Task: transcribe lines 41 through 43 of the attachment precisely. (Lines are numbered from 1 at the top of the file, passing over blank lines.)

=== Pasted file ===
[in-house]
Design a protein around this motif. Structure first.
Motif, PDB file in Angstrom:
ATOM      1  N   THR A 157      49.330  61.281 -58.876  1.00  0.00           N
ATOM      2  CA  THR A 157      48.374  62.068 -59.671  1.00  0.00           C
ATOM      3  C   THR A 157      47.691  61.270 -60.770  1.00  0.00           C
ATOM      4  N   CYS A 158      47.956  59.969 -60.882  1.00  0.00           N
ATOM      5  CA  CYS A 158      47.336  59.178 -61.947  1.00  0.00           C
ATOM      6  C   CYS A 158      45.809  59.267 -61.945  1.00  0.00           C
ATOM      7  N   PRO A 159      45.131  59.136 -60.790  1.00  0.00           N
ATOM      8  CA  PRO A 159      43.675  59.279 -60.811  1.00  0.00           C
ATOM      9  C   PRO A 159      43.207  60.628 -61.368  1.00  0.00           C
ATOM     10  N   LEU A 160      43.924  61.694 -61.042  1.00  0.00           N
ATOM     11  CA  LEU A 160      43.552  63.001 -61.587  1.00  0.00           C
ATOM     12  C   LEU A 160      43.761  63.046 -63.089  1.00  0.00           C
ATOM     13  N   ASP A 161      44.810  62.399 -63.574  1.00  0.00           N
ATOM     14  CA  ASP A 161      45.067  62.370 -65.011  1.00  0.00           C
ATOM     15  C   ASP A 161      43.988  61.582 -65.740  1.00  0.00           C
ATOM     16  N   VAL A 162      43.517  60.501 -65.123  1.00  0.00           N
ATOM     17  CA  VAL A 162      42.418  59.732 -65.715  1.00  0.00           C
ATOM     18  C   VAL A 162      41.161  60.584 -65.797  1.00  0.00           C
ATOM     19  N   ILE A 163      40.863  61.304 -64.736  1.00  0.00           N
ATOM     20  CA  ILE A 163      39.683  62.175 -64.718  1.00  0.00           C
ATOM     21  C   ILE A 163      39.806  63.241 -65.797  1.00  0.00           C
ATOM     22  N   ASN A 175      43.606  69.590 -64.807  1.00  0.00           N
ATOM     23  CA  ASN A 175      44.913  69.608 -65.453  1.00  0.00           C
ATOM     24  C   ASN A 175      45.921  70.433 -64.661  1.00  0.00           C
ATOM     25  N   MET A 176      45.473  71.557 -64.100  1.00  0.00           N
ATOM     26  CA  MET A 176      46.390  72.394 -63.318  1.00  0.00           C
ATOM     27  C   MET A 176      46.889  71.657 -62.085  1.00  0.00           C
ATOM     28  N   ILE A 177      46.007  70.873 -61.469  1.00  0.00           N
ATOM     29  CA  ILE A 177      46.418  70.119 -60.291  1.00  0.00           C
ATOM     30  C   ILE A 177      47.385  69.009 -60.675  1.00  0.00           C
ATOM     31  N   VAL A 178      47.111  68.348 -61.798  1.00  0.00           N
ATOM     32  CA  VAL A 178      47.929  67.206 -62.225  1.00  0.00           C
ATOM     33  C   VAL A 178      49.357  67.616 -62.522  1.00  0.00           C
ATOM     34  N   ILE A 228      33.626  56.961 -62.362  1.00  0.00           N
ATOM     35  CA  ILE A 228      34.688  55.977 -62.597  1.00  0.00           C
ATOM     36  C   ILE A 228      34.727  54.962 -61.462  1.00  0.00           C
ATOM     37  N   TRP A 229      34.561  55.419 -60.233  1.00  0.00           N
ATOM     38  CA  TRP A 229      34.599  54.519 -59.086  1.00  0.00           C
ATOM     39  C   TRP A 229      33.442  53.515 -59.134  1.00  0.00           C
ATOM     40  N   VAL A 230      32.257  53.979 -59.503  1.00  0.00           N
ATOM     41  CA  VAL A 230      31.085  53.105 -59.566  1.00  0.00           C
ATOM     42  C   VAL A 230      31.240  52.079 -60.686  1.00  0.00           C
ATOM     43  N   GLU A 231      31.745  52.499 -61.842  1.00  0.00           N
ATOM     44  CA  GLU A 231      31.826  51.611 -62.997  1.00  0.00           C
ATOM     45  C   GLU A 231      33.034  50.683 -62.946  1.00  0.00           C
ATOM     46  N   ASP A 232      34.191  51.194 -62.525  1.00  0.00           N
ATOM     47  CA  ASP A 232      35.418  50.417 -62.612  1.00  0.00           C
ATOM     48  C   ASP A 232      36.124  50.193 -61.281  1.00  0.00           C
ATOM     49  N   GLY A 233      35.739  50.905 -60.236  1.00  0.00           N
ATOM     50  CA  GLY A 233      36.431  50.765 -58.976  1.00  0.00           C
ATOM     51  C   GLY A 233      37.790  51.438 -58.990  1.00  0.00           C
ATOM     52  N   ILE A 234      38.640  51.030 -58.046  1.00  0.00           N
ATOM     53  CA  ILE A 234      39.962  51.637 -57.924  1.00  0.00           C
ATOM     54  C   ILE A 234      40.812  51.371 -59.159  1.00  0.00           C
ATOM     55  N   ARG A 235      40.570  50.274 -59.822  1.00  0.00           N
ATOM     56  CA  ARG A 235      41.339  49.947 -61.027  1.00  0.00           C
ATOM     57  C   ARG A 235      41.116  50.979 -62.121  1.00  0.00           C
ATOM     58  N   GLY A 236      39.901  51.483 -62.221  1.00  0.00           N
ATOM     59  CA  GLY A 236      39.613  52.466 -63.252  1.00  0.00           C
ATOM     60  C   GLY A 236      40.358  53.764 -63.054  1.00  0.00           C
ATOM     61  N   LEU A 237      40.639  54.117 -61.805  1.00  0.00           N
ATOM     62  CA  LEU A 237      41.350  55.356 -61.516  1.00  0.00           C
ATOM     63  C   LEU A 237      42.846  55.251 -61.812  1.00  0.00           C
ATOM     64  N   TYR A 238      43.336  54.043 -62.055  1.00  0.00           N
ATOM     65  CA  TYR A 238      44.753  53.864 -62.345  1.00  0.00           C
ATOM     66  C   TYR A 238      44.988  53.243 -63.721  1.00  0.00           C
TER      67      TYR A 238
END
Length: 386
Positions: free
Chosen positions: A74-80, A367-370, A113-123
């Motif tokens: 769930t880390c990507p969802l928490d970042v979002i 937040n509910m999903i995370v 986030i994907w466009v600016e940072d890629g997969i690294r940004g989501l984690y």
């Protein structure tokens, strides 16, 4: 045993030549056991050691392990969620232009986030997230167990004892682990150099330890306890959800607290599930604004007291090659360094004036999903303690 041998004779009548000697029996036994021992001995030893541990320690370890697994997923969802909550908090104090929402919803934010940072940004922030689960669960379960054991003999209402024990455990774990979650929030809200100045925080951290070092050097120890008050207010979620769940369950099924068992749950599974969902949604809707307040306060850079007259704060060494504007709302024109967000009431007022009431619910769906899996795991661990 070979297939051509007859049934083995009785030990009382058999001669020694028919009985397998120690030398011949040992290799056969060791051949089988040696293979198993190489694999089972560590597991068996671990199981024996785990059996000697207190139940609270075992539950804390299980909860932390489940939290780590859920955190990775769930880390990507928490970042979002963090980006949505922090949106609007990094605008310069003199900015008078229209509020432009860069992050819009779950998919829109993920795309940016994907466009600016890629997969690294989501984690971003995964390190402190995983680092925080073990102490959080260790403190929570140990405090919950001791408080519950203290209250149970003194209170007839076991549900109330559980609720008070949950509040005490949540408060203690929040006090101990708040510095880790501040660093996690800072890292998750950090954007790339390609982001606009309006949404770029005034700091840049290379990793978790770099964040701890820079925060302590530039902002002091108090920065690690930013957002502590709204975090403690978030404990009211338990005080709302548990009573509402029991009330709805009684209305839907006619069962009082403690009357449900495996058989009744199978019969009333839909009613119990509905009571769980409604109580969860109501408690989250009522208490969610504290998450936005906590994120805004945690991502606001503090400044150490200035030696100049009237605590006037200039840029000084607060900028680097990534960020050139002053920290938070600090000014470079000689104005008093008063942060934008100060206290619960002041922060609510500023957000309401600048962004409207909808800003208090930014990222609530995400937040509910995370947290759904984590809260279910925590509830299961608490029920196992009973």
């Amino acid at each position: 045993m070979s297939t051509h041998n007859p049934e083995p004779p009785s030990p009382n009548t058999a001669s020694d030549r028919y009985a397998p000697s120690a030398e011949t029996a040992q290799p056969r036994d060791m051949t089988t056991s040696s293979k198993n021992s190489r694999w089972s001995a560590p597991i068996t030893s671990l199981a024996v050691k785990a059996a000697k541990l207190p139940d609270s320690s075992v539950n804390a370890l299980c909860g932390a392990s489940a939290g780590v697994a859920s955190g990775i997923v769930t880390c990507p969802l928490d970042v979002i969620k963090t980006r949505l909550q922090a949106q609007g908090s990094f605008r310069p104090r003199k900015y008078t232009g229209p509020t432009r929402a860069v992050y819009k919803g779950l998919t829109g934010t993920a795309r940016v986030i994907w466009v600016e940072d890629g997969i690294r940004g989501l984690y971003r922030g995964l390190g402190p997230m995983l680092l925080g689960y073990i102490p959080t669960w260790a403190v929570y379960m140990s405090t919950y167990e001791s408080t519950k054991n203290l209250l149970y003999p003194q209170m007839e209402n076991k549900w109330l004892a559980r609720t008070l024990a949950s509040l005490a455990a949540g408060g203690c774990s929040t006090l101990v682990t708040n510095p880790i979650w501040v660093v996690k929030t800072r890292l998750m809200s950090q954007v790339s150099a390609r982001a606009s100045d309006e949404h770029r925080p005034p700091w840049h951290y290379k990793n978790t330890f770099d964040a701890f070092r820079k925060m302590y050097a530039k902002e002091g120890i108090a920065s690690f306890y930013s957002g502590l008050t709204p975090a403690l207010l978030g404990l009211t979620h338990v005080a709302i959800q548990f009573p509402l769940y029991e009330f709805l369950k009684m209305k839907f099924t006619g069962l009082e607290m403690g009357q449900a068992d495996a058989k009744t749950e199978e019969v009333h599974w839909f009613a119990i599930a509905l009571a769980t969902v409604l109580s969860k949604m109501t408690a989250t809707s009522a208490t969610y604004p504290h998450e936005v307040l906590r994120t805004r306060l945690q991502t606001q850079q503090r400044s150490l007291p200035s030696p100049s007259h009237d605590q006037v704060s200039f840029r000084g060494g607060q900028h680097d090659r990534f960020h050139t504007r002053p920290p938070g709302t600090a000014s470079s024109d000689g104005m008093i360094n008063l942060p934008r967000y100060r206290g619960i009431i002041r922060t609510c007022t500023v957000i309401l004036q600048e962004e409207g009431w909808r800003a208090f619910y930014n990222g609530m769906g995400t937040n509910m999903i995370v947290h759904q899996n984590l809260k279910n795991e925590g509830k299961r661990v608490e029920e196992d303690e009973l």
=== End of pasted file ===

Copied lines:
ATOM     38  CA  TRP A 229      34.599  54.519 -59.086  1.00  0.00           C
ATOM     39  C   TRP A 229      33.442  53.515 -59.134  1.00  0.00           C
ATOM     40  N   VAL A 230      32.257  53.979 -59.503  1.00  0.00           N